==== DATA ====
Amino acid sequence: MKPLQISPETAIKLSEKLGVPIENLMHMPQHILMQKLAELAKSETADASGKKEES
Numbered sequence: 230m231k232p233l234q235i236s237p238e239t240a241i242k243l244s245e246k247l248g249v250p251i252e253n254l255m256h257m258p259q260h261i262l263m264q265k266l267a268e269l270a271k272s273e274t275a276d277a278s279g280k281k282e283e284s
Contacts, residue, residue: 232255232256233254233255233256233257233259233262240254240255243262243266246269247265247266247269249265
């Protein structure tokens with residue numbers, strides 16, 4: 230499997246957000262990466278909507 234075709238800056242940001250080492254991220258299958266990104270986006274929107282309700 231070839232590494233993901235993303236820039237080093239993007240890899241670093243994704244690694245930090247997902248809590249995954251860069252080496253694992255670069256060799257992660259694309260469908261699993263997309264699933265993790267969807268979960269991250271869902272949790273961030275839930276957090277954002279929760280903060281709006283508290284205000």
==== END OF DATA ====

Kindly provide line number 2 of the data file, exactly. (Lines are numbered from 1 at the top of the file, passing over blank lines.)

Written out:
Numbered sequence: 230m231k232p233l234q235i236s237p238e239t240a241i242k243l244s245e246k247l248g249v250p251i252e253n254l255m256h257m258p259q260h261i262l263m264q265k266l267a268e269l270a271k272s273e274t275a276d277a278s279g280k281k282e283e284s